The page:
Each of the four feet 40 move in unison with a fullfloating cabinet action depending on the installer who rocks the cabinet as he seeks to level or orient the appliance. For this purpose, the tension cable assembly 46 includes a cable 140 made continuous and of predetermined length by a connector clip 144. Thus, cable 140 extends around the base plate through the opposite flanges 54, 55 in the respective retainer cups 50, and with sufficient slack to form a cable loop 60 between the flanges to trap the respective feet 40. Thus, tension cable assembly 46 drivingly and yieldingly interconnects each respective foot 40 such that rocking of the base plate 14 with respect to the floor 42 causes at least one cable loop 60 to contract and drive its respective foot in a slideable movement toward the floor while at least another cable loop expands and yields to facilitate the slideable movement of its respective foot in a direction away from the floor. The length of cable 140 is constant and predetermined in accordance with the desired foot travel with respect to the base plate 14. In the embodiment shown, foot 40 has a slot 110 which is two inches (50.8 mm.) high to entrap a wedge 108 which is one-half inch (12.7 mm.) high. This provides a foot travel of one and one-half inches (38.1 mm.) with respect to the base plate 14. Thus, if the bottom of each foot is positioned three-quarter inch (19.1 mm.) below the base plate and the cable length made tight at this point, the foot travel of one and onehalf inches is effected below the base plate.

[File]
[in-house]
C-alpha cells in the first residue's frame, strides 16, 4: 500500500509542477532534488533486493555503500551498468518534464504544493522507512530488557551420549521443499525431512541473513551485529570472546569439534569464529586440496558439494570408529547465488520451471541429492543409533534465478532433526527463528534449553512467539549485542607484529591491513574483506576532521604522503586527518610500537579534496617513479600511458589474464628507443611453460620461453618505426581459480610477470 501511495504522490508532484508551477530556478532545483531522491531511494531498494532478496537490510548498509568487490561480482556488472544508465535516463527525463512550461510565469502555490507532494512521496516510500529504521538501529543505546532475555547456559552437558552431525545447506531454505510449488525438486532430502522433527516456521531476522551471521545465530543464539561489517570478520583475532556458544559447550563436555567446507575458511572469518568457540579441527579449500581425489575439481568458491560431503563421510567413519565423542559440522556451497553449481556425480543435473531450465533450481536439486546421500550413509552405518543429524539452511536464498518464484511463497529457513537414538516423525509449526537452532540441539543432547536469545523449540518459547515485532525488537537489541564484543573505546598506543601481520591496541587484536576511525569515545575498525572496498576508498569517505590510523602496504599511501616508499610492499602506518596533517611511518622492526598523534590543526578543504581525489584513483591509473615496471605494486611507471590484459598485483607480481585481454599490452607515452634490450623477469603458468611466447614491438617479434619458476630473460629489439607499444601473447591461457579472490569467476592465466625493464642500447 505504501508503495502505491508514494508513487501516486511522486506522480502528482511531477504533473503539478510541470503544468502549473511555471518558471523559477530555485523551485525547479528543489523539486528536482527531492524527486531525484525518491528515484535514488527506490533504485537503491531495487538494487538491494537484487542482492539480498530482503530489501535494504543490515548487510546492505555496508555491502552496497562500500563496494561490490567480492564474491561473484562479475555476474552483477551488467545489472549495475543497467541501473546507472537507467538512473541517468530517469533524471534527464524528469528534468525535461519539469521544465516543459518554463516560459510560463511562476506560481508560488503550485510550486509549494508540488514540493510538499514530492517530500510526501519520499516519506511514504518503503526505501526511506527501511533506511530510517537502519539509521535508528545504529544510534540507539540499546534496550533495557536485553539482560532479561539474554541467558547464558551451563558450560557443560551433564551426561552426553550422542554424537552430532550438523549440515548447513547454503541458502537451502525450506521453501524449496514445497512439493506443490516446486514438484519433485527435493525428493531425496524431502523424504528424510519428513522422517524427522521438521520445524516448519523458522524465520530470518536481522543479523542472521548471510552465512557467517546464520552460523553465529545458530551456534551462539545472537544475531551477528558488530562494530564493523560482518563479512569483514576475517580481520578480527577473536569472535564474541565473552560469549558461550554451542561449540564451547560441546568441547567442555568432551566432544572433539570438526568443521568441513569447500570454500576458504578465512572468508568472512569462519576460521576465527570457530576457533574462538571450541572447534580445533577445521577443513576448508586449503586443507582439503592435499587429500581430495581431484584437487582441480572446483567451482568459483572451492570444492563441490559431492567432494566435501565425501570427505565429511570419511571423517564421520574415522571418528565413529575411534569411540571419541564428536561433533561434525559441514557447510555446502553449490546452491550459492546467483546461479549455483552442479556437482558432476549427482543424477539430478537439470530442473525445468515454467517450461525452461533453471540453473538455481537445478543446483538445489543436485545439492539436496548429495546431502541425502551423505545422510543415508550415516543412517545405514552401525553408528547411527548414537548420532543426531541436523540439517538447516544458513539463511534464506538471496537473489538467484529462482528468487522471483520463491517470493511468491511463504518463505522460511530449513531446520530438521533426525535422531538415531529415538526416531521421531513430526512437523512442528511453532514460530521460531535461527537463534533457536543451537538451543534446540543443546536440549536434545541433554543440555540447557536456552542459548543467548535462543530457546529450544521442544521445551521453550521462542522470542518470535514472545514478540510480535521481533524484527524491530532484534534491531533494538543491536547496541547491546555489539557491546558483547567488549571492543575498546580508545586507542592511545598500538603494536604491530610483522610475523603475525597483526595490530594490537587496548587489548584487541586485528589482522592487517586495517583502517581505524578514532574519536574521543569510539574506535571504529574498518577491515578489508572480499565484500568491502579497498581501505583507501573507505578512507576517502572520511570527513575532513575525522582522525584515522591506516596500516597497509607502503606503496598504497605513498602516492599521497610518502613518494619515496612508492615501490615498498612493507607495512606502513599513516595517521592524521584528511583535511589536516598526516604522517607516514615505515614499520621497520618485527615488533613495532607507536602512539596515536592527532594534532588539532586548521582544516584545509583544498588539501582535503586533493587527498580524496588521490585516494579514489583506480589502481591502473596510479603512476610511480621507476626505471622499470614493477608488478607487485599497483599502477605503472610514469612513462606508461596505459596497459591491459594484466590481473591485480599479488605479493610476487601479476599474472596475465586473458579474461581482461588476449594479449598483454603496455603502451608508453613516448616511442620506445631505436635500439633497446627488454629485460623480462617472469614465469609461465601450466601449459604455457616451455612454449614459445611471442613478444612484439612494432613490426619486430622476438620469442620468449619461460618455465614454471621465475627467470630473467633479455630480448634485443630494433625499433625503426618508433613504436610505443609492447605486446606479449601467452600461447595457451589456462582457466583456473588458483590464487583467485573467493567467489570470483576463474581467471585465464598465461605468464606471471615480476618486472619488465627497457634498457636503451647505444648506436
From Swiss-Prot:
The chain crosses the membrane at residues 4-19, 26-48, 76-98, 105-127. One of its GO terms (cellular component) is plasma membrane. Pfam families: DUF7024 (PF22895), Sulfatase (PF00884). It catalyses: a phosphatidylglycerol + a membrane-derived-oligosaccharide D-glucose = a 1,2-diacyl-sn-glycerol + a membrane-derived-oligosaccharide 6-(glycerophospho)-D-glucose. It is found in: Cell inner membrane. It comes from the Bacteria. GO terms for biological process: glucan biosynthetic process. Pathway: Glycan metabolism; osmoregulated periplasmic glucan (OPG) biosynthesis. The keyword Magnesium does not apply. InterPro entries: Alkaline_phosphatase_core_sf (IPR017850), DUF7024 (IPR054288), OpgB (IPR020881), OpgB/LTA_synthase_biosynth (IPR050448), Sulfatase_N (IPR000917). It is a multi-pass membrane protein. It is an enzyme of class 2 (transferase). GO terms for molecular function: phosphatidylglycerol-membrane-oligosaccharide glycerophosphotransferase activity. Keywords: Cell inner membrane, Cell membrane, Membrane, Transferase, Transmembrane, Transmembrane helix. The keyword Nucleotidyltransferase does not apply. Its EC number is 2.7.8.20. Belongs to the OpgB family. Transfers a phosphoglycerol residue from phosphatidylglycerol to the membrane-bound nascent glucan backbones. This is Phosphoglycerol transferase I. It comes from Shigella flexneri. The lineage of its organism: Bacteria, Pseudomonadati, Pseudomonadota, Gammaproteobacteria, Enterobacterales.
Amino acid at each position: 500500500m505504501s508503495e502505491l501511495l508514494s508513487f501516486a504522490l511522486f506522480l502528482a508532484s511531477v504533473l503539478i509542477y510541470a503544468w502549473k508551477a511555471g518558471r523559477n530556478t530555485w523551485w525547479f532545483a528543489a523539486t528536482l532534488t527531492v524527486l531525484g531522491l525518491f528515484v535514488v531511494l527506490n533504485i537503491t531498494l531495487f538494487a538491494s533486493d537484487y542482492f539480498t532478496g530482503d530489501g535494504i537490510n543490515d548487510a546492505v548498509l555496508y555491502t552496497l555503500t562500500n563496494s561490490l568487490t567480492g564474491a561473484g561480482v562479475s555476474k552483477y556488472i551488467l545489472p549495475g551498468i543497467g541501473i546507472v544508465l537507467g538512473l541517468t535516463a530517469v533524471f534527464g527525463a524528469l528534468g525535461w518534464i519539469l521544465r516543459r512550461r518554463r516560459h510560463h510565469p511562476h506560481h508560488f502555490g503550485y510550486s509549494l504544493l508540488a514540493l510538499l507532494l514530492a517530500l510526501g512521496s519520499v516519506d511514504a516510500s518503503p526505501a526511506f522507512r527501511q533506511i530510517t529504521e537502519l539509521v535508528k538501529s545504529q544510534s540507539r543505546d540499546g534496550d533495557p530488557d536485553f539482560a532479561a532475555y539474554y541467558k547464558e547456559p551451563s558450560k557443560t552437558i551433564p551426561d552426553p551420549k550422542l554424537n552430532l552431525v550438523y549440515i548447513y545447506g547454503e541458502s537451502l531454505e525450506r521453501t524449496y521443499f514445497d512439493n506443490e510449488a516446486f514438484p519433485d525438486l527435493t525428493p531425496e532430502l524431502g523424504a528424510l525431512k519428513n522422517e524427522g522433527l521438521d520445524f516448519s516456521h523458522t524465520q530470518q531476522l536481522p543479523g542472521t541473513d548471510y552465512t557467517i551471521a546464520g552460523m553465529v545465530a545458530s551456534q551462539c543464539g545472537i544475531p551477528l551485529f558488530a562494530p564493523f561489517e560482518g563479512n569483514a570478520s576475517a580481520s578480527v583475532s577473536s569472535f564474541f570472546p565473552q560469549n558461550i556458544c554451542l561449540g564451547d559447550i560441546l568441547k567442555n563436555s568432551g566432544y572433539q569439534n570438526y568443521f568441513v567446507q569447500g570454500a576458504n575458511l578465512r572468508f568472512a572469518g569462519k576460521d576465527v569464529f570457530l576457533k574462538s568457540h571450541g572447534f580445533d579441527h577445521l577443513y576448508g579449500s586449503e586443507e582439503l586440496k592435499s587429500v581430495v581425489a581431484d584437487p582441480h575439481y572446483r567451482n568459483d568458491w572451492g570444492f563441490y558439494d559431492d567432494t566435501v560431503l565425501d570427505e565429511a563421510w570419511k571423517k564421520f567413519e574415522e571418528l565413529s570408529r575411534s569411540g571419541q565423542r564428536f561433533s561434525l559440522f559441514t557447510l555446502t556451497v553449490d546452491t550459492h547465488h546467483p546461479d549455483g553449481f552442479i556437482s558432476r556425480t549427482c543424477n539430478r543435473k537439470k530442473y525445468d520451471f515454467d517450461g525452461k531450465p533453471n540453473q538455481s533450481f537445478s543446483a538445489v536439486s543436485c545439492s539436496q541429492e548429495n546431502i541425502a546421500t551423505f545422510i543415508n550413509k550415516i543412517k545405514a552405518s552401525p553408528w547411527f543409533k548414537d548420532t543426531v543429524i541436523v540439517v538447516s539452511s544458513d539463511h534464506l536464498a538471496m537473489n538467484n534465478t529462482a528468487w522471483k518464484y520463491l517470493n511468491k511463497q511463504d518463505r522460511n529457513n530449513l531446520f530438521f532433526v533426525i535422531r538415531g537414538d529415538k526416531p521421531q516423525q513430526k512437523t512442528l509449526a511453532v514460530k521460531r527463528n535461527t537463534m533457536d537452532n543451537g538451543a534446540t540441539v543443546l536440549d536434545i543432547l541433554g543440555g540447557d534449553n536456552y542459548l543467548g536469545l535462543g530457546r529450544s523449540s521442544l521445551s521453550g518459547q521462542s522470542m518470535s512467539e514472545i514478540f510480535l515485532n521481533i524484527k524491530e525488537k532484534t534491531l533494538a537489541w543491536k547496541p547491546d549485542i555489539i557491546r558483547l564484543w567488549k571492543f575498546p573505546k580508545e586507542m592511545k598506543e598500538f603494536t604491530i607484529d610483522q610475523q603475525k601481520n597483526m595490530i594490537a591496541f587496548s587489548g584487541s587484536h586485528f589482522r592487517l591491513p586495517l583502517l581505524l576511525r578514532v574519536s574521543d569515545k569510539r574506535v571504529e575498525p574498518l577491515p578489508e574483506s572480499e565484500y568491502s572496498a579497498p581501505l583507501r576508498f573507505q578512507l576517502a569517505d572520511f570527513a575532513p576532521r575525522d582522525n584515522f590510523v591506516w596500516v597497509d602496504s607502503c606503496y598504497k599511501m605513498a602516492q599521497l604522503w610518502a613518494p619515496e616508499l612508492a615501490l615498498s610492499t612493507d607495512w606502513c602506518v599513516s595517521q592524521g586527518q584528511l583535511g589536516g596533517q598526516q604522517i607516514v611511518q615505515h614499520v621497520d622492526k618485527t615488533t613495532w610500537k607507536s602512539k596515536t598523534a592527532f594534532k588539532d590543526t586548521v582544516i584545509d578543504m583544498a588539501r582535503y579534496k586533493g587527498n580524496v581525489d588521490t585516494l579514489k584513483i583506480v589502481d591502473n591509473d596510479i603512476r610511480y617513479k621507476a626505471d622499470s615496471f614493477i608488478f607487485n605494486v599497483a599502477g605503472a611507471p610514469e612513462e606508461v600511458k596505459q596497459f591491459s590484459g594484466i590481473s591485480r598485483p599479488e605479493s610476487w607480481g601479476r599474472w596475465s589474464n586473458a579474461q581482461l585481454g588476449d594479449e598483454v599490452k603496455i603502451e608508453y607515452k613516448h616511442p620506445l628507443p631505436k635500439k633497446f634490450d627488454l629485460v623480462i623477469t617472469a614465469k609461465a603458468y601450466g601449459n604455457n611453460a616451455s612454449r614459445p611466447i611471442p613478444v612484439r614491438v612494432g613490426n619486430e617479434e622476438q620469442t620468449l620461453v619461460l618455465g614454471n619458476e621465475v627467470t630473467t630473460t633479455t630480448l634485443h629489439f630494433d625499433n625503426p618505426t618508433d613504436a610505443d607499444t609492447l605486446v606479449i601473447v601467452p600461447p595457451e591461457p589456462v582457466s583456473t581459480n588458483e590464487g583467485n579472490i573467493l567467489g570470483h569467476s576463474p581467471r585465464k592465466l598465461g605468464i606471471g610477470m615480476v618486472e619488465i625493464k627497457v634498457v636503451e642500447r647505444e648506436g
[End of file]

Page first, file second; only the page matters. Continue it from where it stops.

In operation, the installer will release the tension on the locking cable assembly 90 and rock the appliance cabinet 12 until the desired cabinet stance is achieved. Then, he will simply move the lever to tighten the locking cable 102 thereby drawing the wedges into locking engagement with each respective support foot.
The self-leveling mechanism 16 is installed on an appliance cabinet 12 as follows. Subassemble each retainer cup 50 with support cup 70. Slide the subassembly into the base plate and turn. For this purpose, opening 30 (FIG. 4), for instance, in base plate 14 is irregular. It has outboard notch portions 150, 152 to pass through the flanges 52, 53 on the retainer cup 50 and extensions 160, 162 on support cup 70. Each retainer cup 50 is lifted so the support cup 70 drops against the top side of the base plate 14, thereby sandwiching the base plate between the top of the retainer cup flanges and the bottom of the support cup. Each wedge is inserted in its respective leg slot on top of the support cup and oriented to receive the locking cable 102 which is threaded through holes 164 in the inboard tongue portions 106 thereof. Tension cable 140 is then threaded through flange passageways 56, 58 of the retainer cup and foot passageways 64 with the ends of the cable being joined by clip 144 in the desired predetermined length. Lastly, the lever arm 120 is pivotally connected to the base plate 14 and the locking cable 102.
In a preferred embodiment, the retainer cups 50 and the support cups 70 are sintered from fairly dense powdered metal. The wedges 94, 96, 98 and 100 are formed of steel or die cast aluminum. The support feet 40 are formed of plastic, such as polypropylene -- the important characteristic being the maintenance of gaps 170, 172 between each foot 40 and the circumscribing cups 50, 70 so that each foot can move freely in the leg assembly as the appliance cabinet is leveled. The preferred angle for slot 110 and wedge 108 is 30° .
While the embodiment of the present invention as herein disclosed constitutes a preferred form, it is to be understood that other forms might be adopted.
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|U.S. Classification||248/188.5, 248/188.3|